Sometimes I get twitchy and let myself get drawn into a flurry of speculation and exploration of jobs other than the one I am doing at the time. Now, it is a hard business to judge when it is right to be looking at other things to be doing, and it is certainly the case that if you are a priest in the C of E no one is going to be looking after your career (or whatever you call it) but yourself.
Every time you look at such things it is emotionally taxing: you have to think about the job and the move and the new place and so forth. And that is because it is never just a job.
Then I remember the lecture I heard at a British and Irish Association of Mission Studies Conference in Maynooth years ago about “Celtic Christianity”. The eminent lecturer was scathing about the characterisation of most of what passes these days for “celticness” in Christian spirituality and practice.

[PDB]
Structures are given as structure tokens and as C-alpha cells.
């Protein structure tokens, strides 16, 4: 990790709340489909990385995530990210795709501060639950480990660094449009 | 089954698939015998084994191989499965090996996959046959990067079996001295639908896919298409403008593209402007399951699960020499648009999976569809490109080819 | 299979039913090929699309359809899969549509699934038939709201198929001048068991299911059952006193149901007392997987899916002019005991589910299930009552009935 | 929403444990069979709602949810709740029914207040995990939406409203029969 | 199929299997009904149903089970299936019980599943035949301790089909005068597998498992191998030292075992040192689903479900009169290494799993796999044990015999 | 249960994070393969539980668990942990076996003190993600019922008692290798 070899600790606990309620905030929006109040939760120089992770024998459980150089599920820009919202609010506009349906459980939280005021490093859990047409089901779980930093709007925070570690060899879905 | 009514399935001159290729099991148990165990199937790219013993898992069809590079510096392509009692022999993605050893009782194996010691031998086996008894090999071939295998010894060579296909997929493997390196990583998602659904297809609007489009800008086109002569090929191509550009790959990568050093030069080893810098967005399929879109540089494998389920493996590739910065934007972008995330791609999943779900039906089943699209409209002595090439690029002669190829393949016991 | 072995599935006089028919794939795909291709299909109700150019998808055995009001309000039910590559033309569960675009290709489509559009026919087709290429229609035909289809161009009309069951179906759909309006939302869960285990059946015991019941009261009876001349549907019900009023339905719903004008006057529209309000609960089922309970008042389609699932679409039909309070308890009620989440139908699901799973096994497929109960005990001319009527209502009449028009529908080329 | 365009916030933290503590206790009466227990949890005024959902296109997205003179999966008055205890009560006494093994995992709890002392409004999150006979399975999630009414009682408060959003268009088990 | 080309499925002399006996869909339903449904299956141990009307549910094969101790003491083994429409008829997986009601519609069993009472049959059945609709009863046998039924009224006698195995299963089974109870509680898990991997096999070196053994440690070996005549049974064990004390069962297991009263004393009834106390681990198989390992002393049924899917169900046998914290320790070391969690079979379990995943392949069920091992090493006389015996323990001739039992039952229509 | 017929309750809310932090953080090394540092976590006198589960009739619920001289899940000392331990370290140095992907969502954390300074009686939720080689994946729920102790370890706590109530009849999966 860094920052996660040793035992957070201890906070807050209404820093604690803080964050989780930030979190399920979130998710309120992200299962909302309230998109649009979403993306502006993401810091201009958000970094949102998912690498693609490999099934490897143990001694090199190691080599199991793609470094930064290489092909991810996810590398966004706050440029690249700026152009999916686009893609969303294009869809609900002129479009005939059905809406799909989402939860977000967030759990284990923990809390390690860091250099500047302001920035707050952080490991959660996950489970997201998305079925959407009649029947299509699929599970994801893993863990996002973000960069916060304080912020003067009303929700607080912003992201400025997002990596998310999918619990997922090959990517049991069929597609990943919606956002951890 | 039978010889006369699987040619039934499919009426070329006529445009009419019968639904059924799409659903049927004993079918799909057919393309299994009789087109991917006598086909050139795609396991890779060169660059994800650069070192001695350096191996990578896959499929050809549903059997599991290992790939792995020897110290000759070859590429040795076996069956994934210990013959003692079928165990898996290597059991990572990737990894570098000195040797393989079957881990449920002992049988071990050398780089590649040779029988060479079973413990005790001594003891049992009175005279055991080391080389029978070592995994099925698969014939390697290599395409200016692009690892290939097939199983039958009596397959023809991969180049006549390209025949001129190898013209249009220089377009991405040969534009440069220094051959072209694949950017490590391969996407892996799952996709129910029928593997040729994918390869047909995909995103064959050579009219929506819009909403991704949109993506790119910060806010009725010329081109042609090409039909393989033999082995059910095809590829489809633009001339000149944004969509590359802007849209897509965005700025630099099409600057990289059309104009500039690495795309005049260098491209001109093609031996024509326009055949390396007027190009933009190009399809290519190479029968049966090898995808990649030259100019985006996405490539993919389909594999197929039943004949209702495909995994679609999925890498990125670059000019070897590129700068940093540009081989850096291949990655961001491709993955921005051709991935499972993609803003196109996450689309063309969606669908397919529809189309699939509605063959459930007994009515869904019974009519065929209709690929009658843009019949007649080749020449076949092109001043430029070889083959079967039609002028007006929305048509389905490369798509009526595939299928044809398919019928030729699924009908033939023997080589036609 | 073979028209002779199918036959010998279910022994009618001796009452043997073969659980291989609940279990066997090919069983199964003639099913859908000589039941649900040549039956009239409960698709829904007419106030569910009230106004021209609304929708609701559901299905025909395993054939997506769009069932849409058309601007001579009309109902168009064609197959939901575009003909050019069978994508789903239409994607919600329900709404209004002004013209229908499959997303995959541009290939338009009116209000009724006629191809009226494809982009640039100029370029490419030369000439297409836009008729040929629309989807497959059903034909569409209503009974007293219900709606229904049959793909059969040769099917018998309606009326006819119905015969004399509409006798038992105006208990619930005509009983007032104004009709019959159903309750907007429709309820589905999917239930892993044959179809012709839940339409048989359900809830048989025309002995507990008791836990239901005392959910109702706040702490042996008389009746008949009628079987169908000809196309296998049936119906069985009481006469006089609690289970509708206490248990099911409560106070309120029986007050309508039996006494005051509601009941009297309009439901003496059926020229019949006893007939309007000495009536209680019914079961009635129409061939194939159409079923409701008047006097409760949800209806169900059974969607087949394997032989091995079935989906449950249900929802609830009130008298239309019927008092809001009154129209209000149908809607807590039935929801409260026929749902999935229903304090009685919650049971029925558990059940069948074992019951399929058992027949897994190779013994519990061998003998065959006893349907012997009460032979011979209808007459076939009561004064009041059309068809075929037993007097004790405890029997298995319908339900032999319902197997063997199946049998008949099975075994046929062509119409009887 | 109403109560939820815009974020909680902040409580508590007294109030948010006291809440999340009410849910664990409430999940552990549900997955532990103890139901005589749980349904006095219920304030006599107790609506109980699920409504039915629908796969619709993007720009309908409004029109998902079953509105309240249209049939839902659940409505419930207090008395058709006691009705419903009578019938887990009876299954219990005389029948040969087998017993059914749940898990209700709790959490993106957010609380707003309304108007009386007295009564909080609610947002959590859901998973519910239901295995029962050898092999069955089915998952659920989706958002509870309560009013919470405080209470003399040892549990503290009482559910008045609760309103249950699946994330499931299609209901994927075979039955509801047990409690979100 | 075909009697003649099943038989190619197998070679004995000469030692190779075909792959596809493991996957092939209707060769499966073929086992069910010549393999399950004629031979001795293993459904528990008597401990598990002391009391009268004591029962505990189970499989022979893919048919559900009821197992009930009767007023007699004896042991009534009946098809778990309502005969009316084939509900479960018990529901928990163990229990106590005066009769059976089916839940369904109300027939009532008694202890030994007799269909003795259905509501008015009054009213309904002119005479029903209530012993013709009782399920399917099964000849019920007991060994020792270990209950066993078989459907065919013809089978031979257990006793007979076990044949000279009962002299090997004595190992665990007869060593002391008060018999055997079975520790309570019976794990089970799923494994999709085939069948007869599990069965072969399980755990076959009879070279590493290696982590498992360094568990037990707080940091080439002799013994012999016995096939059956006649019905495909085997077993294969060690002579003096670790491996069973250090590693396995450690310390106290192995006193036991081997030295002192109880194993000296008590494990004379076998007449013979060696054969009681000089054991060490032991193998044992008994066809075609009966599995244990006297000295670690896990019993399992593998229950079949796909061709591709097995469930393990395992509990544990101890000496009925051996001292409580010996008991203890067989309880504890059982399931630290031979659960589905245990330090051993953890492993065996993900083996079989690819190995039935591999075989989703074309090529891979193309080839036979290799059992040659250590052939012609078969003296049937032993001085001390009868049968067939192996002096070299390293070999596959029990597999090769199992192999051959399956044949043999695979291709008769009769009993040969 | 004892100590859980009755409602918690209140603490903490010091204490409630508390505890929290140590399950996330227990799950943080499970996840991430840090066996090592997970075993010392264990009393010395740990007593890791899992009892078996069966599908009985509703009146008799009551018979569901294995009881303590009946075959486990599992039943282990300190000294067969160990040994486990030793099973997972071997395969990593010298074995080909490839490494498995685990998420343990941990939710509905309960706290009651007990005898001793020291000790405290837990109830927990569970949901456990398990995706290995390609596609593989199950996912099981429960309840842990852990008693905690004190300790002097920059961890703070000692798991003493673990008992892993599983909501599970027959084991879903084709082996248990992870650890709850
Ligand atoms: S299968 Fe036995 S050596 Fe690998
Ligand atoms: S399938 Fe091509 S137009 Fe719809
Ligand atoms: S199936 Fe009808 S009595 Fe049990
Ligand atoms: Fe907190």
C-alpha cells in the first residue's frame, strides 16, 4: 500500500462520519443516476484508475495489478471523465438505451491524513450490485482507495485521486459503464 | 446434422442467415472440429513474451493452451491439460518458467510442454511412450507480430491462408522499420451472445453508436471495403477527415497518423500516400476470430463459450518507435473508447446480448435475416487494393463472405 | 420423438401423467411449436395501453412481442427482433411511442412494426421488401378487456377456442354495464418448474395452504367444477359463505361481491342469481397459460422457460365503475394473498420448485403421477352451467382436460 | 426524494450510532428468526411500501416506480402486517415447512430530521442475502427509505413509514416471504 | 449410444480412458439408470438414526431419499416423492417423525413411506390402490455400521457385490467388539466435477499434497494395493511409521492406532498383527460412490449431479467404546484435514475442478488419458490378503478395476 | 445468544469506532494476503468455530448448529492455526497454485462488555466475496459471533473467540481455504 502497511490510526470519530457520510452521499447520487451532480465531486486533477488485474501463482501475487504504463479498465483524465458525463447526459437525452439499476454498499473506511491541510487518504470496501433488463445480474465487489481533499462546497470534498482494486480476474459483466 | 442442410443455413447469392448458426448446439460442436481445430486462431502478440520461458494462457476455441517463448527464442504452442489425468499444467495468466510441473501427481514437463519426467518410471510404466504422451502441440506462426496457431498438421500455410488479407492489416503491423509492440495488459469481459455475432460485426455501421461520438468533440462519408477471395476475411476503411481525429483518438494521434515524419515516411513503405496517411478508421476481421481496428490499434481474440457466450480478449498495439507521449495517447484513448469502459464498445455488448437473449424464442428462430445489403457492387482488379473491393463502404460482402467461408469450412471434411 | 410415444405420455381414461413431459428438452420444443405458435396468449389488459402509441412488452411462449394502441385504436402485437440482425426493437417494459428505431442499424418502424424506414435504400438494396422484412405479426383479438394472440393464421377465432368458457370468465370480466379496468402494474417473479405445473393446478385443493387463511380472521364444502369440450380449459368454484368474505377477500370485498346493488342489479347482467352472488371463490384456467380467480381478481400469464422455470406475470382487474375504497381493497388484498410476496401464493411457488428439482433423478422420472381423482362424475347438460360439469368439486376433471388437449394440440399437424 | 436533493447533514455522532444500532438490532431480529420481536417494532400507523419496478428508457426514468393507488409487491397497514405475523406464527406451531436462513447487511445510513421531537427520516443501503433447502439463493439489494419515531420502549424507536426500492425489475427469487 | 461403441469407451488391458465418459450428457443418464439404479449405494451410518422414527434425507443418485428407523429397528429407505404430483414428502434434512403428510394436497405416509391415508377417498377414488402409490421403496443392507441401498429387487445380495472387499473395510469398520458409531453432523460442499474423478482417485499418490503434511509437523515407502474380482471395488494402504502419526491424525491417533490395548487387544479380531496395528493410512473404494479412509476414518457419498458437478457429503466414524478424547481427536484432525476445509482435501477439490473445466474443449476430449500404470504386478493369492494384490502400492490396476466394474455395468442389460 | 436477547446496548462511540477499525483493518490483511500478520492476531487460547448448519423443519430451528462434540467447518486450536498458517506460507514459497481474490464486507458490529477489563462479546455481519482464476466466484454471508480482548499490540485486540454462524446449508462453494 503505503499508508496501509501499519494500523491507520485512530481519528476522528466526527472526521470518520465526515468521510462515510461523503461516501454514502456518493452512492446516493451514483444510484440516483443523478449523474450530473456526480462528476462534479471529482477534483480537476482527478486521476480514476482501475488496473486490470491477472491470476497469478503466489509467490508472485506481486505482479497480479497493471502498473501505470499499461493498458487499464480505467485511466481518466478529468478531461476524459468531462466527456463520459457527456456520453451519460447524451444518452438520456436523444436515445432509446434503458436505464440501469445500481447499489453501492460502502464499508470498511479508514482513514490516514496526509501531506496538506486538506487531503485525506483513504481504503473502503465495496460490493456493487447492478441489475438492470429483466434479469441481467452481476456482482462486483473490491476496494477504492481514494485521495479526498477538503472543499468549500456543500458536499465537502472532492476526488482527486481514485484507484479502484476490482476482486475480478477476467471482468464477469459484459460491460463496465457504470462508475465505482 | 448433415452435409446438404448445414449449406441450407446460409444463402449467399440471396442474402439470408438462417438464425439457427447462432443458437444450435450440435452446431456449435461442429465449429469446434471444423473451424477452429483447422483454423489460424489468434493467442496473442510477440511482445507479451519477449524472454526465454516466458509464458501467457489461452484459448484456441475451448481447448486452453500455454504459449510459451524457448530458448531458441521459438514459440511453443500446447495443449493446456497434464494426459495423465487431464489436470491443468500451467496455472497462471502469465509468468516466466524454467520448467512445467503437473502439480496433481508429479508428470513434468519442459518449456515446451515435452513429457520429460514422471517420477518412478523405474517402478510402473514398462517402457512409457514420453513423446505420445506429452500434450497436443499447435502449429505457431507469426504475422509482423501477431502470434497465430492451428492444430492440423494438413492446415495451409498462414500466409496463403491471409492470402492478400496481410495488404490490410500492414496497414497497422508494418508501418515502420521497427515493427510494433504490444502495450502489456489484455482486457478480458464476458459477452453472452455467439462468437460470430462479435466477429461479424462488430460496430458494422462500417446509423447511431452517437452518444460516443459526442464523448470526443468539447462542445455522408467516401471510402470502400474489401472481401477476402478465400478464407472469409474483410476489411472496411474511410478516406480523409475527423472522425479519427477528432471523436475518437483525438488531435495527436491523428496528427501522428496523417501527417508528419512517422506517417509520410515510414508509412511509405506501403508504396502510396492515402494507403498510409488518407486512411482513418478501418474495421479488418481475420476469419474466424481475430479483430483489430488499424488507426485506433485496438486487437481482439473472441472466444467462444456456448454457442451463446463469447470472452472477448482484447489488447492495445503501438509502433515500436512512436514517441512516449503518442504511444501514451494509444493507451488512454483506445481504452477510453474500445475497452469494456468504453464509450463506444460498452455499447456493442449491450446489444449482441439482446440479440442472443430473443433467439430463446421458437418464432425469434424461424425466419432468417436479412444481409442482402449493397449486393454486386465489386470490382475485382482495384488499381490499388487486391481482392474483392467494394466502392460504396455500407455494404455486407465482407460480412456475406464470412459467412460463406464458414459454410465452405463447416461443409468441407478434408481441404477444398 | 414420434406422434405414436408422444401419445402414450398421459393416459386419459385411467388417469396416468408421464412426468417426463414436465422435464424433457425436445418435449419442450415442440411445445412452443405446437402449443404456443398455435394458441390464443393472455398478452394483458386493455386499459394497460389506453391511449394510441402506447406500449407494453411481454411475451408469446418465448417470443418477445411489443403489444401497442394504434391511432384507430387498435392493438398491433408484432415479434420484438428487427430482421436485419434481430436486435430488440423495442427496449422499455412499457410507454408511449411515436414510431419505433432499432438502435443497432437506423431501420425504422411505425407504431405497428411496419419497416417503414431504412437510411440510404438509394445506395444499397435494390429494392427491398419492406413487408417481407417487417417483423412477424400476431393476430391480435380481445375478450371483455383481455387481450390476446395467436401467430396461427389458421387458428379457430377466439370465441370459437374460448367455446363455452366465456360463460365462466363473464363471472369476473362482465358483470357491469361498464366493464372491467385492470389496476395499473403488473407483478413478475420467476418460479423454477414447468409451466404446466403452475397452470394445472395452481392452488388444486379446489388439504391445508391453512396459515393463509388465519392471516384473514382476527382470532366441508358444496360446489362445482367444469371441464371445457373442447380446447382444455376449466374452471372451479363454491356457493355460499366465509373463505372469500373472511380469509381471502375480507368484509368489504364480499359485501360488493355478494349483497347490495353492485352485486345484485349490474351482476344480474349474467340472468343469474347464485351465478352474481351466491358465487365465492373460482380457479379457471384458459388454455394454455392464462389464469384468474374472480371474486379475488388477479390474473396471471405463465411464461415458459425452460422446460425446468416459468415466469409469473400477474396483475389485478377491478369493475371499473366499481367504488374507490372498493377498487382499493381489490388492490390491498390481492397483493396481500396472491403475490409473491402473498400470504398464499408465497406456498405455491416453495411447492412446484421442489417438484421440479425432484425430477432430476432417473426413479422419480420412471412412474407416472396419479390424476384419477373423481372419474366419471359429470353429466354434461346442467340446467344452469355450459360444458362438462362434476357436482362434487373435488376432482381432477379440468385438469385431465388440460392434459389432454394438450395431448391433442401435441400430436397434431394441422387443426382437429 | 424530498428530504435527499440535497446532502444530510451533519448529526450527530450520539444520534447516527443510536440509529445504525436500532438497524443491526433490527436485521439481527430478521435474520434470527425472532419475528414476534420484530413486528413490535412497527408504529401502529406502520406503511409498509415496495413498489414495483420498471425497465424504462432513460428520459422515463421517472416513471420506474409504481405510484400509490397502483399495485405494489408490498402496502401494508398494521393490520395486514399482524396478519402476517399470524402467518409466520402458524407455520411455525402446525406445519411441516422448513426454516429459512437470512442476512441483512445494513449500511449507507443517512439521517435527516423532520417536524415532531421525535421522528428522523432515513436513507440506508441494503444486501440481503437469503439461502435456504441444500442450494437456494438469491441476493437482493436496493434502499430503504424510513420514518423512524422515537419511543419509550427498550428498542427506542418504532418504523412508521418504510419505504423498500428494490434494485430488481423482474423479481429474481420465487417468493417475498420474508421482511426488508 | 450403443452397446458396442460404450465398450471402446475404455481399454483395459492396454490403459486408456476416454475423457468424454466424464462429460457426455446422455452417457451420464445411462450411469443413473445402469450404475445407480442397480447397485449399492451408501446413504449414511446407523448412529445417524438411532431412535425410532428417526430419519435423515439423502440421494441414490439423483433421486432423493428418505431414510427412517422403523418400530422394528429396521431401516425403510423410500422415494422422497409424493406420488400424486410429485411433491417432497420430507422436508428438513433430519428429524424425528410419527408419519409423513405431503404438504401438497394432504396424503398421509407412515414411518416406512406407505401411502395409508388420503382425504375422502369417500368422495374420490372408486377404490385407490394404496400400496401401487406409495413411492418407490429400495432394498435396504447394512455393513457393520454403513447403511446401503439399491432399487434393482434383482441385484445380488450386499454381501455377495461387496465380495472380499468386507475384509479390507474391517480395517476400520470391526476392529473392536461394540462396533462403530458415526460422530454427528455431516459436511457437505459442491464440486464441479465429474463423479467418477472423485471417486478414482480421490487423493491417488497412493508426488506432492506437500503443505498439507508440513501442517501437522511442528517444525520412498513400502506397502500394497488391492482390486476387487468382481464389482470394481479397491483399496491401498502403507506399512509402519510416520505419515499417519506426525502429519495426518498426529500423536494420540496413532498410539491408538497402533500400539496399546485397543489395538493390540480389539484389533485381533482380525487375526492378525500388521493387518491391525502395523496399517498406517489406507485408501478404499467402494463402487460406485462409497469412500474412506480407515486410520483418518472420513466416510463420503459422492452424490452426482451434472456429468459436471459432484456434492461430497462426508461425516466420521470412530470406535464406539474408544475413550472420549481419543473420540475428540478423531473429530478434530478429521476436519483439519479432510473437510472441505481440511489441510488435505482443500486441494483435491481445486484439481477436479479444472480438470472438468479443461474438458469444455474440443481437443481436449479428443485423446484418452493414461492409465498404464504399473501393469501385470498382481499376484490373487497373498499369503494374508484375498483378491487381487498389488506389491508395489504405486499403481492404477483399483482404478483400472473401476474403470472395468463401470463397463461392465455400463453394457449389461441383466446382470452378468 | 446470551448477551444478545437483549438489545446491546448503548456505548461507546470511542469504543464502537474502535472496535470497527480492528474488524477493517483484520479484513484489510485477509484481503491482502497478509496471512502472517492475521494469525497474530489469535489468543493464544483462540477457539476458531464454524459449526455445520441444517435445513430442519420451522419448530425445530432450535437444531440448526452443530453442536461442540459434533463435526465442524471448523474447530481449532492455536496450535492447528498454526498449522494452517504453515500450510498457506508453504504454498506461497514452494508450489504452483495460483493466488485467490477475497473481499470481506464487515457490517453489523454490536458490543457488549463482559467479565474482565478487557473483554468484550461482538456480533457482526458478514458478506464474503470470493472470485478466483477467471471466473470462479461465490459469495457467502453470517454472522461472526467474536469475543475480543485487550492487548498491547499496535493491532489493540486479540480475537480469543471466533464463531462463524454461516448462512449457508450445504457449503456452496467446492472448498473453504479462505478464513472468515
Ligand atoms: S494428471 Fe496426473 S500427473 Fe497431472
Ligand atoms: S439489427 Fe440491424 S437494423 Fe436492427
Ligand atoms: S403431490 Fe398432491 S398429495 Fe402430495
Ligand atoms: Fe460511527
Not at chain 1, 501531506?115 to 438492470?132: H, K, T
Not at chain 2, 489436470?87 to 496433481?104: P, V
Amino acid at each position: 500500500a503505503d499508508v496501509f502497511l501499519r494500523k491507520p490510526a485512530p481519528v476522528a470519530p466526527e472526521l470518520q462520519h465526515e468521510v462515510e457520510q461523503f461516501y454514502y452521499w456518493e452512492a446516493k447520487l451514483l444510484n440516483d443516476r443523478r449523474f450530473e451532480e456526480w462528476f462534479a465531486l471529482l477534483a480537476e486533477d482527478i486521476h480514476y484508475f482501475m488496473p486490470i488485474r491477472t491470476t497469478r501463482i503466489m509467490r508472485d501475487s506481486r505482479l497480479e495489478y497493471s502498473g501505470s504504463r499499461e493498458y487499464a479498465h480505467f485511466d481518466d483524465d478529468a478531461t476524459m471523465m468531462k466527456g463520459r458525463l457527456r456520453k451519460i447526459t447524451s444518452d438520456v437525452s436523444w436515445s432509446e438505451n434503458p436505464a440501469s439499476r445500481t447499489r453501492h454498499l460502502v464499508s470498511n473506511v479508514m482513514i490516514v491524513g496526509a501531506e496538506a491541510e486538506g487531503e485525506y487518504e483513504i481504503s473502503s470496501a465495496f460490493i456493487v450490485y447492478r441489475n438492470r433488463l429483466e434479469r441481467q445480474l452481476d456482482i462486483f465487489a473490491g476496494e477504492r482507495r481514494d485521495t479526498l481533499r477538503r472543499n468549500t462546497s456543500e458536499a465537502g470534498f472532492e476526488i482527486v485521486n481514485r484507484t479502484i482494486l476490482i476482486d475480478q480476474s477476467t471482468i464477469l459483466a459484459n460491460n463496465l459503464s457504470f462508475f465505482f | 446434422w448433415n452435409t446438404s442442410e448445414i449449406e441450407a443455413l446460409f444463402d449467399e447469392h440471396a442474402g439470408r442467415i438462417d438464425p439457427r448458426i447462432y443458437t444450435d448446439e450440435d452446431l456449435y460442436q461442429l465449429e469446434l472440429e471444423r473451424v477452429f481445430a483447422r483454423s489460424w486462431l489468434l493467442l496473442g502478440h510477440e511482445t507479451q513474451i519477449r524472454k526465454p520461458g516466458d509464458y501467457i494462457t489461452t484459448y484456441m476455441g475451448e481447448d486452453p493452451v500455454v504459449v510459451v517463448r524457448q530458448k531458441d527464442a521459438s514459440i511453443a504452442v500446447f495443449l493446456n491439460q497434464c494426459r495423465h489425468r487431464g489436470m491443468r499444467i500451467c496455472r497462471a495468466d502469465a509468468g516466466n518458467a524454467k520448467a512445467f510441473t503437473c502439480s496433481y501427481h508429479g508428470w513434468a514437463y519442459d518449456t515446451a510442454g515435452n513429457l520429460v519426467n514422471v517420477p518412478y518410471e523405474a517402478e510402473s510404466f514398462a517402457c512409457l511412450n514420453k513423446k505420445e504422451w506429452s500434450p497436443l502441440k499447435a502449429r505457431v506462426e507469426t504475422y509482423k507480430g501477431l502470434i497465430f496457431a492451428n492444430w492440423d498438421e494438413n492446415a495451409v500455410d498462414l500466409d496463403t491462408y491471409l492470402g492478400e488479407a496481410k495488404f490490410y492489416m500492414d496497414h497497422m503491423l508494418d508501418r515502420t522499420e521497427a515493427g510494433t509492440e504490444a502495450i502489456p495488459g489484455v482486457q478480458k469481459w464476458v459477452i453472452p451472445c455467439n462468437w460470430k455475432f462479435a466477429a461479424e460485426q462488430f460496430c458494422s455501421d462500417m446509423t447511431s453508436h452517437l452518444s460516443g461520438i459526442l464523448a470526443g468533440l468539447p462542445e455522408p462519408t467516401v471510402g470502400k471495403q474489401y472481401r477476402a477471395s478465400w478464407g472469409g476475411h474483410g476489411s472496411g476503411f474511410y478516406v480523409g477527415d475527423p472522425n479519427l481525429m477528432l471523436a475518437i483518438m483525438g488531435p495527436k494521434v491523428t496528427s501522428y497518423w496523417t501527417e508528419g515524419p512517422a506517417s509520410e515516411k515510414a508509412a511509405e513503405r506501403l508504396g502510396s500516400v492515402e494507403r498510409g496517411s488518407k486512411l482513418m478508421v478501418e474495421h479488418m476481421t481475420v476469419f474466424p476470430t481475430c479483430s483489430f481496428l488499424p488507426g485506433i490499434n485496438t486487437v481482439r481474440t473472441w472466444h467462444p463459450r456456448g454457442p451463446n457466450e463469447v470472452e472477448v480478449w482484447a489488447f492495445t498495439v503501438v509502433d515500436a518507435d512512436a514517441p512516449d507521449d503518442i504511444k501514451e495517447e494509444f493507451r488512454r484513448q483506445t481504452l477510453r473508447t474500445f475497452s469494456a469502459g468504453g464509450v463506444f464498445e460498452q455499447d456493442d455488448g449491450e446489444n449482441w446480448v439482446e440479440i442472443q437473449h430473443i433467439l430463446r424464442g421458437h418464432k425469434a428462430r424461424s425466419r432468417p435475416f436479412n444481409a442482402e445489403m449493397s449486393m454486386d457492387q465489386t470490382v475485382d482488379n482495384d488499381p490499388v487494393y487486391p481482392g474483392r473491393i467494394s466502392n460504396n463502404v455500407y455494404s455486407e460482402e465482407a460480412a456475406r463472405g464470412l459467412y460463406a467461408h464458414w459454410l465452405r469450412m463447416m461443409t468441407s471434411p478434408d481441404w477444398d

In discussing the celebrated capacity of monks to undertake great long journeys as ‘pilgrims for Christ’ he told us that this was a habit of the Irish monks in particular. As soon as the winter storms abated and fairer weather came they got itchy feet and jumped in their coracles and were off. But it would be a mistake to think that everyone did this. There were the British monks who tended to get left behind. They it was who did the digging and sowing and planting and tending and reaping – so that when the itinerant Irish returned for the winter there was something to sustain them all for the winter. The complaints of those who stayed put have left their mark in the literature.
Benedictines see stability as a virtue. When I get twitchy I remember that it is, and try and calm down.